How many times can a person say they were able to meet someone they looked up to growing up?
In high school, I would try to imitate the pre-race rituals of my favorite track athletes like Jeremy Wariner, Shawn Crawford, and Justin Gatlin. I’d take Gatlin’s one step forward, wear his spikes (Nike SuperFly G5), and even mimic his stride (which didn’t work out too well for me because I’m not that tall, but whatever).
I still remember what I was doing, where I was, and who I was with when he won the gold medal in the 100m dash 2004 Olympic Games in Athens. I also remember where I was and what I was doing when I heard he had been caught with performance enhancers. I was upset, and I bet many of his other fans were as well. I didn’t want to believe that it happened.
Through the years, I’d occasionally search his name online to see if there was anything new happening. In 2010, I read he was coming back to race. I was excited to see him run again, but also felt a bit hesitant as I wondered whether he was going to be the dominant figure he once was.
Let’s fast forward to 2012…
Never in a million years would I have thought I was going to meet him in person. During last years Penn Relays I had the pleasure of meeting him. During our brief conversation I was able to build up the courage to tell him that I admired him growing up. I was afraid he’d think I was being cheesy or insincere, but I thought to myself, “When’s the next time I’ll have an opportunity like this?”.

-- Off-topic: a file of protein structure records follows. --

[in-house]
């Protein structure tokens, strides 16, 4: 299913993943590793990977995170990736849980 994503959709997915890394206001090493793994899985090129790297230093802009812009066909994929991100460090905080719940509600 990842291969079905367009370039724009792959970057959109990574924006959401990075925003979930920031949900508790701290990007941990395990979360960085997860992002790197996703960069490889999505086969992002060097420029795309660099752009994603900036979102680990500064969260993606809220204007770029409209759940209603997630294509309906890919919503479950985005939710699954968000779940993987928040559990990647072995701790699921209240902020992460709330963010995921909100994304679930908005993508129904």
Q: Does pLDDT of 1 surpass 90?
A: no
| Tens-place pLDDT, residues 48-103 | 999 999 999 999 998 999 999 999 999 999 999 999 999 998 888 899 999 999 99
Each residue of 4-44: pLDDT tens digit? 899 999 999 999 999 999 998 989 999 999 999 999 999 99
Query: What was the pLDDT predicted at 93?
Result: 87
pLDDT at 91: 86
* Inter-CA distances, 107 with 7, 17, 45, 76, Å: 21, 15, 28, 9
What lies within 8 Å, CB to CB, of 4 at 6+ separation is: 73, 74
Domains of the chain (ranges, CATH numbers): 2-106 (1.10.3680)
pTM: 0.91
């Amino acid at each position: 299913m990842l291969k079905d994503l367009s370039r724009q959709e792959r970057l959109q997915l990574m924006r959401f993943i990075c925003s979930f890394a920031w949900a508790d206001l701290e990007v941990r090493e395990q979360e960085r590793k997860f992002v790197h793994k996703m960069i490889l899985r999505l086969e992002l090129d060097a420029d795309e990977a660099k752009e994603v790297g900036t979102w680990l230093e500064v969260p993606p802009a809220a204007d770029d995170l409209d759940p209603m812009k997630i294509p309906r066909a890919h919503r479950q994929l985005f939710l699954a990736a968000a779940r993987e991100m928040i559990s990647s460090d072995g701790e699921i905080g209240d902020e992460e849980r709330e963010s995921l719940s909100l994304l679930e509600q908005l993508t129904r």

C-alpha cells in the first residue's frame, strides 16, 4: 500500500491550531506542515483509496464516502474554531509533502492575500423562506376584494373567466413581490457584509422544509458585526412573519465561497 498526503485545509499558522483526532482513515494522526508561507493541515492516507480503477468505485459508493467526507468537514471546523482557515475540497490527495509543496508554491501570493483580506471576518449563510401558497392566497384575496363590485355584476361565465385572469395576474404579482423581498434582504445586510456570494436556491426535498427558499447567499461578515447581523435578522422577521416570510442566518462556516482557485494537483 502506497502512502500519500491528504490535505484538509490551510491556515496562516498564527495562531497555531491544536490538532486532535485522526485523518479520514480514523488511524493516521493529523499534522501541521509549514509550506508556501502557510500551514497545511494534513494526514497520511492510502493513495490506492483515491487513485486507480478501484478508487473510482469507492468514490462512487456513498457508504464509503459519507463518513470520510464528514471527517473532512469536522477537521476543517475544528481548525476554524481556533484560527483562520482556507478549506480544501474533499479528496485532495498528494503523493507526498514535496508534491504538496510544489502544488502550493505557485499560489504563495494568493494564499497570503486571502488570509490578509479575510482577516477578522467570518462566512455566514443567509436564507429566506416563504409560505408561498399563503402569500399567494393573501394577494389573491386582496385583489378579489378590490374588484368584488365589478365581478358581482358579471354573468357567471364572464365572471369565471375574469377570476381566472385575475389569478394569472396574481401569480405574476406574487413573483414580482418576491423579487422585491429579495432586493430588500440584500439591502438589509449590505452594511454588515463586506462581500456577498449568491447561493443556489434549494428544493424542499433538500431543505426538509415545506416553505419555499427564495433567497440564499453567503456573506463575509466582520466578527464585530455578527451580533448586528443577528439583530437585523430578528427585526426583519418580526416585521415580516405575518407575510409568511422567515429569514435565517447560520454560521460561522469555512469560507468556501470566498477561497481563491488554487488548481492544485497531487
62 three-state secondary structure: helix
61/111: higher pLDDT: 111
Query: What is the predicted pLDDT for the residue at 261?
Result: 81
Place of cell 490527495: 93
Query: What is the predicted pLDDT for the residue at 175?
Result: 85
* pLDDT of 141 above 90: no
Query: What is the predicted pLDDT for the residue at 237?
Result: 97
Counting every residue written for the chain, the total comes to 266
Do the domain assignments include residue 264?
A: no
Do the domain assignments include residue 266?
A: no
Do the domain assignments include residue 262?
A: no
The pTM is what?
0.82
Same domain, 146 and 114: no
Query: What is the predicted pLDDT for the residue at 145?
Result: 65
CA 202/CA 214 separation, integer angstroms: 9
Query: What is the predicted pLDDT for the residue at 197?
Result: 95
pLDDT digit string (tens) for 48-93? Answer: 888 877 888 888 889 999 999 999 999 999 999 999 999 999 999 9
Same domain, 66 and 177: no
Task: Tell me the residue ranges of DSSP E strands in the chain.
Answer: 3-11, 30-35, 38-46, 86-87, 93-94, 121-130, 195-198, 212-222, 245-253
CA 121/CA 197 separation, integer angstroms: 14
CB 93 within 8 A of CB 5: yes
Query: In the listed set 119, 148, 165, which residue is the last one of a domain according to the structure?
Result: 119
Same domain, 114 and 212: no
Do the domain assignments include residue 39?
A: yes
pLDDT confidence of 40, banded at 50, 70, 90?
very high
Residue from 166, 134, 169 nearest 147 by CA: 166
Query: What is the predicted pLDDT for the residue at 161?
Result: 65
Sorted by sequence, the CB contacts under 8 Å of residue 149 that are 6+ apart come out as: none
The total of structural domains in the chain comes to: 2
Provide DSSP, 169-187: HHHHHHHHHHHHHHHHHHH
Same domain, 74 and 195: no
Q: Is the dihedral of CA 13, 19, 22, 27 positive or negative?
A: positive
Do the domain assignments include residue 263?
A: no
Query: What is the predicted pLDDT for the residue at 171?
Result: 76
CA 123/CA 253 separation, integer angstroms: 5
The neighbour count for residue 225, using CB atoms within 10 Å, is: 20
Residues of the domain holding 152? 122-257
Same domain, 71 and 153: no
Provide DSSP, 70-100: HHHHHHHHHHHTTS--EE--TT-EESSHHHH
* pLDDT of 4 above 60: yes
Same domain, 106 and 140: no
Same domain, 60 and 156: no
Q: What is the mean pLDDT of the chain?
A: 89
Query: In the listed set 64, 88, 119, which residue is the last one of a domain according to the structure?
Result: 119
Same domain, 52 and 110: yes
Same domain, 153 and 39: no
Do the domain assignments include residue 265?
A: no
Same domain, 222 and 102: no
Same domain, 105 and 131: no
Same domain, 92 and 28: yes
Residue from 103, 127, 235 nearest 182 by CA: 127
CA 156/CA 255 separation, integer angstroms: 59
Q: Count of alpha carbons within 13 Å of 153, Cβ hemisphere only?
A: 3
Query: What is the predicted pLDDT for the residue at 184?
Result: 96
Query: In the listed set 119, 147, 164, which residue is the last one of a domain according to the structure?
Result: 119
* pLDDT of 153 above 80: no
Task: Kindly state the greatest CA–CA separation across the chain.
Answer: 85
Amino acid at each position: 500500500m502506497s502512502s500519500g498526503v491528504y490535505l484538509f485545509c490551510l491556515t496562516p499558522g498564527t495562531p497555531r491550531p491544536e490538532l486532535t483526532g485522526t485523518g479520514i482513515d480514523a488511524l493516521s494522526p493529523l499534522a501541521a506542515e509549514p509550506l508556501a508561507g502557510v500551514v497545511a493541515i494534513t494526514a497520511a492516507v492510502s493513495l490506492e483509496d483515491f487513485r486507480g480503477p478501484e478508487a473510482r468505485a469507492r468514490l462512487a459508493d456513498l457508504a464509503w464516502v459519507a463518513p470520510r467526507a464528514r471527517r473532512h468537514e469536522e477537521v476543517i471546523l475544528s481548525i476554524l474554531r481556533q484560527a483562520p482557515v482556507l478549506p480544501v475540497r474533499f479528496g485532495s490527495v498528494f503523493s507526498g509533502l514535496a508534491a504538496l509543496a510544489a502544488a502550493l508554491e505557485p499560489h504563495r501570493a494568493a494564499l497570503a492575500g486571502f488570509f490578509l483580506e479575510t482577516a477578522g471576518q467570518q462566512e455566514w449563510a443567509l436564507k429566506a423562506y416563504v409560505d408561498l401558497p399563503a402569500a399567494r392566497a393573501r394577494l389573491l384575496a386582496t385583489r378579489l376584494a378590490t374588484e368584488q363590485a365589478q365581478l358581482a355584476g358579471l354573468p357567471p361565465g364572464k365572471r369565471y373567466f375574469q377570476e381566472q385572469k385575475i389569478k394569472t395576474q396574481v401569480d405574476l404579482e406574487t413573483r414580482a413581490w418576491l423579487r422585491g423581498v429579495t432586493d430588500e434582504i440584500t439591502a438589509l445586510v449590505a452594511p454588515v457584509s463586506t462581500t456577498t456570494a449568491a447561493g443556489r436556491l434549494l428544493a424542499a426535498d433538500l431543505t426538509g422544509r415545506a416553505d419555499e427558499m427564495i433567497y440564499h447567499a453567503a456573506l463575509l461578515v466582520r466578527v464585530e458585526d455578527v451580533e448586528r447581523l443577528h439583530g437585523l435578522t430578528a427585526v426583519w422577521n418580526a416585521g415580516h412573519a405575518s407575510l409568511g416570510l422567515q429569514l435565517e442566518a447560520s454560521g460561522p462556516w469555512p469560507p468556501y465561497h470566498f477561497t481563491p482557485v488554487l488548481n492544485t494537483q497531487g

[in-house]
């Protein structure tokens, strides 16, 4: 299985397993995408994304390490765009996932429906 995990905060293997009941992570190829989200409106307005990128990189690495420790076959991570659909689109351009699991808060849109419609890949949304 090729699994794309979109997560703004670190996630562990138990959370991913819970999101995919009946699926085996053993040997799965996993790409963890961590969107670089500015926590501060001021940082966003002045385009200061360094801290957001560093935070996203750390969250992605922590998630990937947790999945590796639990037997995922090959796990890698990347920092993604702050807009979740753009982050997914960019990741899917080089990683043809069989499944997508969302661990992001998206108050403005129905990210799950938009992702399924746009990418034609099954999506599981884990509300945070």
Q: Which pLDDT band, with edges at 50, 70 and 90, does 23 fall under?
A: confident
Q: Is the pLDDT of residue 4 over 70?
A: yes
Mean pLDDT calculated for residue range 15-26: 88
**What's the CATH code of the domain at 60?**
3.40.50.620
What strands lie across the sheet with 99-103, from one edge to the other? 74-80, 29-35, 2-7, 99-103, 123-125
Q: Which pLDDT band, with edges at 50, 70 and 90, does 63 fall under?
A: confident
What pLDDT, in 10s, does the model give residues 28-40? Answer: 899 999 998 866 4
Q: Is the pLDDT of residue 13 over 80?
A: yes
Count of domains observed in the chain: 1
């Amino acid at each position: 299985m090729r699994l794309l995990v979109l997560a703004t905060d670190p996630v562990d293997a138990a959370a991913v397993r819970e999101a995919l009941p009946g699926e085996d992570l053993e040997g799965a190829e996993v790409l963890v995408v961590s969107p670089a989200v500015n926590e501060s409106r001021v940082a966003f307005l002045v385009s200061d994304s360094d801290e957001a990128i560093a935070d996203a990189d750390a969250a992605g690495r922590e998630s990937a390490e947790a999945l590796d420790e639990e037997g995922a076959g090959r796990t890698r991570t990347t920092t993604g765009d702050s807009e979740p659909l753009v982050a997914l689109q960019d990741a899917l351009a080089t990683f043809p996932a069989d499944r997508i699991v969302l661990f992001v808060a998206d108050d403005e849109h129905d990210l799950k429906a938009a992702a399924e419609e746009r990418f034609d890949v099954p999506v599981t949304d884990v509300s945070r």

I remember telling him how I used to mimic him in high school, and even how excited I was when he had started following me on twitter. He just laughed. He was easy to talk to and also very receptive and happy to hear what I had to say. That was easily the highlight of my weekend.
A few months later I went to the Olympic Trials in Eugene, Oregon. I saw him in the press area doing post race interviews. I joined the circle of journalists and started recording him. After his interviews were over, he called out to me, and we spoke briefly.
The best part about the whole thing was that he addressed me by name. That stood out because he meets so many different people at press events and other meets. The fact that he remembered my name meant a lot. Not only because I’m a fan, but because it shows that he cares and appreciates the support that he gets. You can’t say that about a lot of people, especially someone at his level.
I’ve been lucky enough to have had jobs where I’ve had the opportunity to meet and hang around pro-athletes and celebrities. Sadly, I’ve noticed that for most of them, talking to fans or doing interviews is almost like a chore. I feel like the entire track and field community appreciates the time in front of journalists and the support of their fans, which is pretty awesome.
I also enjoy what Justin has done for the track community since he came back. He partnered up with TrackNation to bring the fans and athletes closer via social networks. It has definitely caught on, its pretty amazing seeing high schoolers taking pictures of the TrackNation logo shaved in to their heads on Instagram and Twitter. I wish there was something like that while I was growing up, but I’m glad there is something now for the new generation of runners. It makes the sport more personable and builds a sense of community in a national and, hopefully one day, a global level.
– Jason Suarez